I then moved onto the roof and removed the cover off the base unit where the stepper motor is located. My intention was to start a tune to 40M and watch it extend the metal strip into the tube. I did not need to start a tune as the metal strip was bunched all around the inside of the motor casing. I pulled out three separate pieces and a long strip from inside the tube. It was broken. I removed all the metal strips.
I then started a tune and the stepper motor moved which at least indicated that the mechanism was working. Vine communication then sold me a strip of the special tuning strip (35 foot) and I pulled down the antenna to dismantle. I can only say that it took 2 hours as all the sections were tightly locked and the base section had been inserted past the locking collar by mistake which was an enormous job to drift apart again. I finally separated the stepper box from the antenna tubes and took it down to the apartment (some 3 metres of fixed tube).
Fitting a new strip sounds easy but in fact the advice is not very clear. For example the metal band is wound onto a large wheel that has a watch spring type mechanism inside that applies reverse pressure when pulled out. This helps the motor return the strip tightly onto the plastic pulley wheel. Nobody was sure how many anticlockwise turns to apply. Vine was adamant that it was 8 turns, others that it was 4. Obviously the same pulley mechanism is used on the smaller and the HF antennas that use much shorter strips. Hence the confusion. I worked it out that 8 turns was too many and 4 too small so wound the pulley 6 times. I then tested it by feeding out the 10 metres and seeing how much pull was on the pulley. It seemed about right. You don’t want to over tension the spring.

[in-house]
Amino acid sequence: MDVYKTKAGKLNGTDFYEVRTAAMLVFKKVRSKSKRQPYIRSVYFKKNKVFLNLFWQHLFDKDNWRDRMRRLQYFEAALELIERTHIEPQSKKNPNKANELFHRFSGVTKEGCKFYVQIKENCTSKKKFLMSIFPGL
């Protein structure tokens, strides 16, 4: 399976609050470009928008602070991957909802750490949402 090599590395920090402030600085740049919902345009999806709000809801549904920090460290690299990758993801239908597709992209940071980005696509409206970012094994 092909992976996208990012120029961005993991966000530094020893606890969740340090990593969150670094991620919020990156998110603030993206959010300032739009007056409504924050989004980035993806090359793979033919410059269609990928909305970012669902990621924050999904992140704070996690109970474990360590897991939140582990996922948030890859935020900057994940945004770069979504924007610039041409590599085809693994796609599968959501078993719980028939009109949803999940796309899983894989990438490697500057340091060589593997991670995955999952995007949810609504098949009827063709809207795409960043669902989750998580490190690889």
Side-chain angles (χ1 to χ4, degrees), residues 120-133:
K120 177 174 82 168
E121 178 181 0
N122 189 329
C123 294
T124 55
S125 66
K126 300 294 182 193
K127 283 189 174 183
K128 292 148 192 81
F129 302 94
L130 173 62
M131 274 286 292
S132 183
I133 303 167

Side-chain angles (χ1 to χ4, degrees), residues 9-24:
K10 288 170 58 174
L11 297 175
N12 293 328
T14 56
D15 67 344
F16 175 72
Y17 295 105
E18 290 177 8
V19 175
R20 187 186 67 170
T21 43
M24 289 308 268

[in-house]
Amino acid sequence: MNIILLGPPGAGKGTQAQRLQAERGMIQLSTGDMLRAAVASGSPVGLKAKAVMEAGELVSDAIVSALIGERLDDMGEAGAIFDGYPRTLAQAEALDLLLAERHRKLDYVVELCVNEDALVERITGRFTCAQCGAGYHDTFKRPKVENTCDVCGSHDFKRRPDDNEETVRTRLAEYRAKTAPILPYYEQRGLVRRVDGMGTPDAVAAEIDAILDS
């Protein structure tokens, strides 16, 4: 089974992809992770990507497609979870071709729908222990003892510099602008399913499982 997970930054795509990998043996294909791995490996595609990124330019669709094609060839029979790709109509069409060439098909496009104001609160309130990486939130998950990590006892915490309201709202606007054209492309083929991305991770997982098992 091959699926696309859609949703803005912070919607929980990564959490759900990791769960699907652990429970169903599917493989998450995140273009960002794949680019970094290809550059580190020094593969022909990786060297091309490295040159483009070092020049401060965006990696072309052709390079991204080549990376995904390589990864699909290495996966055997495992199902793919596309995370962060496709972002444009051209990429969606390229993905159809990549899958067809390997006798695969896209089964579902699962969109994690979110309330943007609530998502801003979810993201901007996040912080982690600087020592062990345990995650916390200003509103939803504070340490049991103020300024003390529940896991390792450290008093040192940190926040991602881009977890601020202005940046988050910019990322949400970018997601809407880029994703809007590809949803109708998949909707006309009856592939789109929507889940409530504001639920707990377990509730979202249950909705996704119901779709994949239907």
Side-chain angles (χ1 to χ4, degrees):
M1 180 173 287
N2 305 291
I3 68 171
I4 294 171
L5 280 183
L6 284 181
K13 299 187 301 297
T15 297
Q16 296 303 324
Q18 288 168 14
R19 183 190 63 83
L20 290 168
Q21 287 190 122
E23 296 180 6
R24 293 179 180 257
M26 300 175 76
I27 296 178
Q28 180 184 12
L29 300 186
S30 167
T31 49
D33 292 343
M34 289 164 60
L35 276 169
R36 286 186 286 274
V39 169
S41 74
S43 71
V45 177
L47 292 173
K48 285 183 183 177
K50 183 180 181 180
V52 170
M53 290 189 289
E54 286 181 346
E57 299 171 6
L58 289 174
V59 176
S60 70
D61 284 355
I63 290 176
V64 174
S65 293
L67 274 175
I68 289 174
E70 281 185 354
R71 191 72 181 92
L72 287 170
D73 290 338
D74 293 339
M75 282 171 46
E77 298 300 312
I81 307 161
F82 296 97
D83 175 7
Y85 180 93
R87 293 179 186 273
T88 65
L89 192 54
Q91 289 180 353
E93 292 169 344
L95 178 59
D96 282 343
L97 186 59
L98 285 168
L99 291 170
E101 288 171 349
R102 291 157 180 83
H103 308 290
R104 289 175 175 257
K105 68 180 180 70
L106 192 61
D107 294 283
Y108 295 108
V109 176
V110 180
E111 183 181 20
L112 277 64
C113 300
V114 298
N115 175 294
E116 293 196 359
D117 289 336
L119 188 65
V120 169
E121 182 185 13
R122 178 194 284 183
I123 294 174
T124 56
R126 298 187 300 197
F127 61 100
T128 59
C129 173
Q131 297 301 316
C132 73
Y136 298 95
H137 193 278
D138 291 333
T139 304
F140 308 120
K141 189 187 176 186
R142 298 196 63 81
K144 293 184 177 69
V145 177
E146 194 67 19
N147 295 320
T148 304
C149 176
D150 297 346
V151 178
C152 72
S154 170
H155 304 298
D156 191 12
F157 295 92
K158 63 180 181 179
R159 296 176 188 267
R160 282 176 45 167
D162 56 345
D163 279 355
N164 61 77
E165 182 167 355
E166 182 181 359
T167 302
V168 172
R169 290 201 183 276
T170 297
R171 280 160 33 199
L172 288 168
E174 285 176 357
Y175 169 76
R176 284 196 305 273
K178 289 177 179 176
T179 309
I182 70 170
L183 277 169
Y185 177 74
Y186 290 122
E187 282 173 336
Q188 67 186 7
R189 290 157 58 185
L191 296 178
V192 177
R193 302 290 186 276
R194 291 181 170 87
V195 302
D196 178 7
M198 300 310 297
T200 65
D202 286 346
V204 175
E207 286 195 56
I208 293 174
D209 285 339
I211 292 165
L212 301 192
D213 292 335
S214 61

This is the pulley with the 10 metres of metal strip wound onto the pre-tensioned pulley being introduced to the stepper motor and contact plate. The whole motor assembly has to be removed to do this as you cannot get past the contact plate without lifting the contacts up. The centre of the pulley has a straight cut across the metal shaft where the pulley spring must be attached, otherwise when the pulley is turned the spring is not wound. Do this wrong and the spring pulls out of the shaft at high tension into the pulley wheel. Nasty.